This event will be packed full of insightful sessions relating to the conference theme of What does building back better look like for the arts in criminal justice?
The last two years have been difficult for those working in the arts in criminal justice. But this hard time has also highlighted the extraordinary adaptability of creative individuals and organisations who have continued to support and inspire people in the criminal justice system, while responding to the pandemic and far reaching changes in criminal justice policy.
As we emerge from the pandemic and arts organisations move from survival to recovery mode, there is a critical need to learn from our experiences and share successful approaches to the ‘new normal’ that 2022 and beyond will bring.
With a day of keynote speakers, panel discussions and workshops, the National Criminal Justice Arts Alliance (NCJAA) welcomes everyone to attend and learn about how we can all best move forward together.
NCJAA Co-Chairs Anna Herrmann, (Clean Break), and Simon Ruding, (TiPP), will give an opening address before keynote speeches from Esther Thompson (One Small Thing) and Jennifer Walmsley (BearFace Theatre) on the importance of organisations embedding trauma-informed practices in their ways of working.
A panel discussion will focus on what building back better looks like from a range of different settings. Ralph Lubkowski, (Governor of HMP Hewell), will share his views on what best practice for arts provisions could be within prisons and Erika Flowers (Koestler award winning artist), will discuss fairer employment opportunities for freelancers with lived experience and independent artists working in the criminal justice system
Attendees are invited to join afternoon workshops facilitated by specialists who have developed better ways of working during the pandemic. This year, workshops will be led by In Focus Education and Development, Odd Arts, It’s Not Your Birthday But…, and Niki Gibbs.
There are four workshops being delivered at our conference, with attendees able to select which two they would like to participate in when registering for the event:
Workshops 1 and 2 will run at the same time, as will workshops 3 and 4.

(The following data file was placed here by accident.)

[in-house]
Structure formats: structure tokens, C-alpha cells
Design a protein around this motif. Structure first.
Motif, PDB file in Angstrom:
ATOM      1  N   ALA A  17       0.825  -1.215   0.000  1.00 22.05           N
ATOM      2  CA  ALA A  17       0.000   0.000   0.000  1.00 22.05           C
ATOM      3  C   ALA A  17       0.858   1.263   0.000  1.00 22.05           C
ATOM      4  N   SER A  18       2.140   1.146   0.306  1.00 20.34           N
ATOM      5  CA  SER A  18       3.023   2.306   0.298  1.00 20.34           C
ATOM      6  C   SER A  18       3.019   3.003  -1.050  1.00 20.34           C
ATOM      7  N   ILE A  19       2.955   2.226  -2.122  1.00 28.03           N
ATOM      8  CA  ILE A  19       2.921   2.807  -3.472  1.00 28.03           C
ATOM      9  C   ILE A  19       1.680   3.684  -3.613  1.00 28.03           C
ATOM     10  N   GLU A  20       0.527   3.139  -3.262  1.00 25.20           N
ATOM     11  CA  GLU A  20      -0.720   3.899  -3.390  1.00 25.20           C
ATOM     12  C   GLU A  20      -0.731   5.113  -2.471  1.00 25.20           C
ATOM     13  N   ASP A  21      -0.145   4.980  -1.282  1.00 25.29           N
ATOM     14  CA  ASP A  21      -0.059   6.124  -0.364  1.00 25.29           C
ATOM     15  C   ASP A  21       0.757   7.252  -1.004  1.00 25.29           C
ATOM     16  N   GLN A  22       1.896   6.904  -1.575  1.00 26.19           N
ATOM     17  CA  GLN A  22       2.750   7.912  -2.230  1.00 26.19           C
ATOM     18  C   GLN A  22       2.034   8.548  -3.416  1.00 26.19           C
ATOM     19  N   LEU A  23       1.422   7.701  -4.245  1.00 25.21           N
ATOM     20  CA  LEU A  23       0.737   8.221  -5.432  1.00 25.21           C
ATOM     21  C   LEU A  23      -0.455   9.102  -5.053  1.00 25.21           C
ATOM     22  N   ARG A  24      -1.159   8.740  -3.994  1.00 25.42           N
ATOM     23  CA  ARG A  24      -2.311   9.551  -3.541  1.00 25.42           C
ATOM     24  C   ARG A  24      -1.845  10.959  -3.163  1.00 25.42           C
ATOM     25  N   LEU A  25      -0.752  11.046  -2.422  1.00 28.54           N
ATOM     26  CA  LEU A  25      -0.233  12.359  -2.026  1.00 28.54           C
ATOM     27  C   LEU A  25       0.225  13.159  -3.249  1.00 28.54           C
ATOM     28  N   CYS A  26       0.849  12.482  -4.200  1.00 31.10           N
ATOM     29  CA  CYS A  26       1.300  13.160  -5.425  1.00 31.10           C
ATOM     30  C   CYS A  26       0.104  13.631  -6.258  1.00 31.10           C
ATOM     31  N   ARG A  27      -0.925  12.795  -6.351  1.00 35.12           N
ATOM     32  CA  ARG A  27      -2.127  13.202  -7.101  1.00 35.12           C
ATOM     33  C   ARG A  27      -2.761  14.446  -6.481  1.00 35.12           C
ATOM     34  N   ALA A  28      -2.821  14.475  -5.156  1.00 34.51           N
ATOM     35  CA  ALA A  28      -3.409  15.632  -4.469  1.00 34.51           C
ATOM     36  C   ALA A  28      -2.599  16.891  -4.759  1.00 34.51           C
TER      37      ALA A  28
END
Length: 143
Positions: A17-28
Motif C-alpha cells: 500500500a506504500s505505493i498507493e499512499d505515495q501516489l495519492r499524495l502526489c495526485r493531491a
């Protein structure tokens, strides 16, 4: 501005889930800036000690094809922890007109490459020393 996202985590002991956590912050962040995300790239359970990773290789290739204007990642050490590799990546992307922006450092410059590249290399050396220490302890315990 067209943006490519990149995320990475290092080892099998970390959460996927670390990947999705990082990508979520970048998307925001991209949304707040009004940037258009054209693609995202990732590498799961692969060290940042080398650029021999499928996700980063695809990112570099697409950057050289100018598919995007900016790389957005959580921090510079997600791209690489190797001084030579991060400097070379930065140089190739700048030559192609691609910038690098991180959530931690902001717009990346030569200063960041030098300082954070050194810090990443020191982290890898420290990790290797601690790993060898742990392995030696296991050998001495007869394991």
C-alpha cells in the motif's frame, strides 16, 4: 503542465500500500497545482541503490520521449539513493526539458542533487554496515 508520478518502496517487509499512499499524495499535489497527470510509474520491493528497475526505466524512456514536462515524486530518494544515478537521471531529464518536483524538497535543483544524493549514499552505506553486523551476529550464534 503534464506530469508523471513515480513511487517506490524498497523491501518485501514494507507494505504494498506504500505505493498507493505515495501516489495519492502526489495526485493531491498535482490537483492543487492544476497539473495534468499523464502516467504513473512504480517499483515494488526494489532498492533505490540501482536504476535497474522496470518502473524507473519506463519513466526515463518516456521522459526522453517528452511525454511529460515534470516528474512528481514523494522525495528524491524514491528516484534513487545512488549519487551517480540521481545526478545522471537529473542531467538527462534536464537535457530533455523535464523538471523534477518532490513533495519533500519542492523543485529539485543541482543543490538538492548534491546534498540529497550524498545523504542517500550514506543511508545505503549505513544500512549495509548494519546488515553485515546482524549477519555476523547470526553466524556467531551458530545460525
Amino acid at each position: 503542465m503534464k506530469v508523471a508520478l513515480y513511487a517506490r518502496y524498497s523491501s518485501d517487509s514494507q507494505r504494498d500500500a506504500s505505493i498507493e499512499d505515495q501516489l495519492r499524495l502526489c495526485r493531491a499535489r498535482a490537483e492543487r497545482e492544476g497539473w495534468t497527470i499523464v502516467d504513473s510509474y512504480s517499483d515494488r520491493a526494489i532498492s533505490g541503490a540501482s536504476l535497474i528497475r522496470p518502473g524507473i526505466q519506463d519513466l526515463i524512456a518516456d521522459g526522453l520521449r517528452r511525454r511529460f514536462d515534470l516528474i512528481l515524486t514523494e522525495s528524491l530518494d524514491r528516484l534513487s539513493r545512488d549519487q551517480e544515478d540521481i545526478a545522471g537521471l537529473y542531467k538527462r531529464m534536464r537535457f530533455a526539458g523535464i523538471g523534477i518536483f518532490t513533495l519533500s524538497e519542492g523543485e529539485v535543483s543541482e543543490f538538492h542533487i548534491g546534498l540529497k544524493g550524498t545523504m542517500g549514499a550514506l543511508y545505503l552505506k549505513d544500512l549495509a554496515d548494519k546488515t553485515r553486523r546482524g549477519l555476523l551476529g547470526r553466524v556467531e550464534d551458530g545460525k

Workshop 1: Online Delivery of the Bronze Arts Awards
Xavier Fiddes (In Focus Education and Development) will discuss how his creative organisation used technology to successfully deliver services during the pandemic; and how it can be used to support creative discovery with groups such as young people in the criminal justice system.
Workshop 2: Bringing Arts in Criminal Justice to a Wider Public Audience
Niki Gibbs (artist and NCJAA member) will explore ways we can bring arts within criminal justice into the public domain, using the Women’s Building on the former site of HMP Holloway as a case study.
Workshop 3: Isn’t That Risky?
Rebecca Friel (Odd Arts) will outline how her arts organisation responded to the crisis and how it shifted their understanding of risk. She will explore emotional versus rational decision making when making professional decisions and how we must all embrace risk in the future.
Workshop 4: Who has the power? Do we truly co-create in secure settings and how can we do it better?
Wendy Smithers (It’s Not Your Birthday But…) will be having an open conversation about what co-creation looks like in secure settings and how arts organisations working within the criminal justice system can better place the communities they serve at the heart of power.
Please book a ticket on this page. You will then receive a confirmation email with Zoom registration links for the morning session and afternoon workshops.